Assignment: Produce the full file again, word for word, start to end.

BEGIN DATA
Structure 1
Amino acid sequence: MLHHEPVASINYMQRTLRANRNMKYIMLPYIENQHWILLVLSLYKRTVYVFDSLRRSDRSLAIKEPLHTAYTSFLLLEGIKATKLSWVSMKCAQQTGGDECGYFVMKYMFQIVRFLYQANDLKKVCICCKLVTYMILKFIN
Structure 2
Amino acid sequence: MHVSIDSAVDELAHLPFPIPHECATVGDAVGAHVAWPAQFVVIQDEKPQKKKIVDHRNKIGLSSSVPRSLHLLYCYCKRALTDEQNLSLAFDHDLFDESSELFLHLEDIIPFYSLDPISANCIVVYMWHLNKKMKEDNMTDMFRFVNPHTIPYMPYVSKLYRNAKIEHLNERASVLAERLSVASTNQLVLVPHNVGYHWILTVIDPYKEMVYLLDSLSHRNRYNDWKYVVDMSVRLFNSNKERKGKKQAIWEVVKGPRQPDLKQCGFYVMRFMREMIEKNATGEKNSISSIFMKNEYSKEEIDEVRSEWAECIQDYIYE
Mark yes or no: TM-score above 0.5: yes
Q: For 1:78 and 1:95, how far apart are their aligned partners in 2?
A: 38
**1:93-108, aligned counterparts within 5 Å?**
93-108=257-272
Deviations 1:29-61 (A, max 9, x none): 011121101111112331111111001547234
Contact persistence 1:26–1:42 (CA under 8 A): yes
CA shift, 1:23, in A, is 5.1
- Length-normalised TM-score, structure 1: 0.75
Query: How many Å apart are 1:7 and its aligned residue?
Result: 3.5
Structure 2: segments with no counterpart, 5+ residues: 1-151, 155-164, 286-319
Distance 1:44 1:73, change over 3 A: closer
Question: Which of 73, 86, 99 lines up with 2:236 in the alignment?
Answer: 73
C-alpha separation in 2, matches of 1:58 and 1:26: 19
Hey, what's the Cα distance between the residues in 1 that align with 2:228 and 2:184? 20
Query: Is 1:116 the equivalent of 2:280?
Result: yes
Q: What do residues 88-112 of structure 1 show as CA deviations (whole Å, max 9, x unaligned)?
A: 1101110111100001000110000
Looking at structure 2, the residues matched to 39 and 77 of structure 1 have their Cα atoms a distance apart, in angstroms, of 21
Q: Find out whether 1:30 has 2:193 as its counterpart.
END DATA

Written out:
Structure 1
Amino acid sequence: MLHHEPVASINYMQRTLRANRNMKYIMLPYIENQHWILLVLSLYKRTVYVFDSLRRSDRSLAIKEPLHTAYTSFLLLEGIKATKLSWVSMKCAQQTGGDECGYFVMKYMFQIVRFLYQANDLKKVCICCKLVTYMILKFIN
Structure 2
Amino acid sequence: MHVSIDSAVDELAHLPFPIPHECATVGDAVGAHVAWPAQFVVIQDEKPQKKKIVDHRNKIGLSSSVPRSLHLLYCYCKRALTDEQNLSLAFDHDLFDESSELFLHLEDIIPFYSLDPISANCIVVYMWHLNKKMKEDNMTDMFRFVNPHTIPYMPYVSKLYRNAKIEHLNERASVLAERLSVASTNQLVLVPHNVGYHWILTVIDPYKEMVYLLDSLSHRNRYNDWKYVVDMSVRLFNSNKERKGKKQAIWEVVKGPRQPDLKQCGFYVMRFMREMIEKNATGEKNSISSIFMKNEYSKEEIDEVRSEWAECIQDYIYE
Mark yes or no: TM-score above 0.5: yes
Q: For 1:78 and 1:95, how far apart are their aligned partners in 2?
A: 38
**1:93-108, aligned counterparts within 5 Å?**
93-108=257-272
Deviations 1:29-61 (A, max 9, x none): 011121101111112331111111001547234
Contact persistence 1:26–1:42 (CA under 8 A): yes
CA shift, 1:23, in A, is 5.1
- Length-normalised TM-score, structure 1: 0.75
Query: How many Å apart are 1:7 and its aligned residue?
Result: 3.5
Structure 2: segments with no counterpart, 5+ residues: 1-151, 155-164, 286-319
Distance 1:44 1:73, change over 3 A: closer
Question: Which of 73, 86, 99 lines up with 2:236 in the alignment?
Answer: 73
C-alpha separation in 2, matches of 1:58 and 1:26: 19
Hey, what's the Cα distance between the residues in 1 that align with 2:228 and 2:184? 20
Query: Is 1:116 the equivalent of 2:280?
Result: yes
Q: What do residues 88-112 of structure 1 show as CA deviations (whole Å, max 9, x unaligned)?
A: 1101110111100001000110000
Looking at structure 2, the residues matched to 39 and 77 of structure 1 have their Cα atoms a distance apart, in angstroms, of 21
Q: Find out whether 1:30 has 2:193 as its counterpart.